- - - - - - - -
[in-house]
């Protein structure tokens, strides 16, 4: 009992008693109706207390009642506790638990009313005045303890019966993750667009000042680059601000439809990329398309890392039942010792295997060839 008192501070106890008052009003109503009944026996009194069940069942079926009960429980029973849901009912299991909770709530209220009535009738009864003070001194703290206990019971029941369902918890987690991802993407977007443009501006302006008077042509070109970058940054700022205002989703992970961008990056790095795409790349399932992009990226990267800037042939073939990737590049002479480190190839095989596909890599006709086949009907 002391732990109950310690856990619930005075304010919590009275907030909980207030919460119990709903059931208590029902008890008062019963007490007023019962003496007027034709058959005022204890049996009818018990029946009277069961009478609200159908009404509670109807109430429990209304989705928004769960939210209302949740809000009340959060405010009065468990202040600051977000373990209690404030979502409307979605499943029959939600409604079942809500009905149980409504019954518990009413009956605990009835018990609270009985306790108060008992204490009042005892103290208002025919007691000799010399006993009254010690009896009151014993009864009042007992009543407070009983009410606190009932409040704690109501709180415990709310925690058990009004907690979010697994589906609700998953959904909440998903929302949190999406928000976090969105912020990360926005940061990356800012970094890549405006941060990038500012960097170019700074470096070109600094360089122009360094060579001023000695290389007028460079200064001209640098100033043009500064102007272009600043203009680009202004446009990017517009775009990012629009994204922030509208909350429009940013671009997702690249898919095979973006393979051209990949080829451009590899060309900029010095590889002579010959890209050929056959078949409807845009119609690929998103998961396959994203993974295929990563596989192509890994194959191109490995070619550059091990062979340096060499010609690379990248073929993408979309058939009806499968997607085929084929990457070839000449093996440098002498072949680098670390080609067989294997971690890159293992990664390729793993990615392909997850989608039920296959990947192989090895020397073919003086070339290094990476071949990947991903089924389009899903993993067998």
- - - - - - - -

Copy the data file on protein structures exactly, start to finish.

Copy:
[in-house]
């Protein structure tokens, strides 16, 4: 009992008693109706207390009642506790638990009313005045303890019966993750667009000042680059601000439809990329398309890392039942010792295997060839 008192501070106890008052009003109503009944026996009194069940069942079926009960429980029973849901009912299991909770709530209220009535009738009864003070001194703290206990019971029941369902918890987690991802993407977007443009501006302006008077042509070109970058940054700022205002989703992970961008990056790095795409790349399932992009990226990267800037042939073939990737590049002479480190190839095989596909890599006709086949009907 002391732990109950310690856990619930005075304010919590009275907030909980207030919460119990709903059931208590029902008890008062019963007490007023019962003496007027034709058959005022204890049996009818018990029946009277069961009478609200159908009404509670109807109430429990209304989705928004769960939210209302949740809000009340959060405010009065468990202040600051977000373990209690404030979502409307979605499943029959939600409604079942809500009905149980409504019954518990009413009956605990009835018990609270009985306790108060008992204490009042005892103290208002025919007691000799010399006993009254010690009896009151014993009864009042007992009543407070009983009410606190009932409040704690109501709180415990709310925690058990009004907690979010697994589906609700998953959904909440998903929302949190999406928000976090969105912020990360926005940061990356800012970094890549405006941060990038500012960097170019700074470096070109600094360089122009360094060579001023000695290389007028460079200064001209640098100033043009500064102007272009600043203009680009202004446009990017517009775009990012629009994204922030509208909350429009940013671009997702690249898919095979973006393979051209990949080829451009590899060309900029010095590889002579010959890209050929056959078949409807845009119609690929998103998961396959994203993974295929990563596989192509890994194959191109490995070619550059091990062979340096060499010609690379990248073929993408979309058939009806499968997607085929084929990457070839000449093996440098002498072949680098670390080609067989294997971690890159293992990664390729793993990615392909997850989608039920296959990947192989090895020397073919003086070339290094990476071949990947991903089924389009899903993993067998």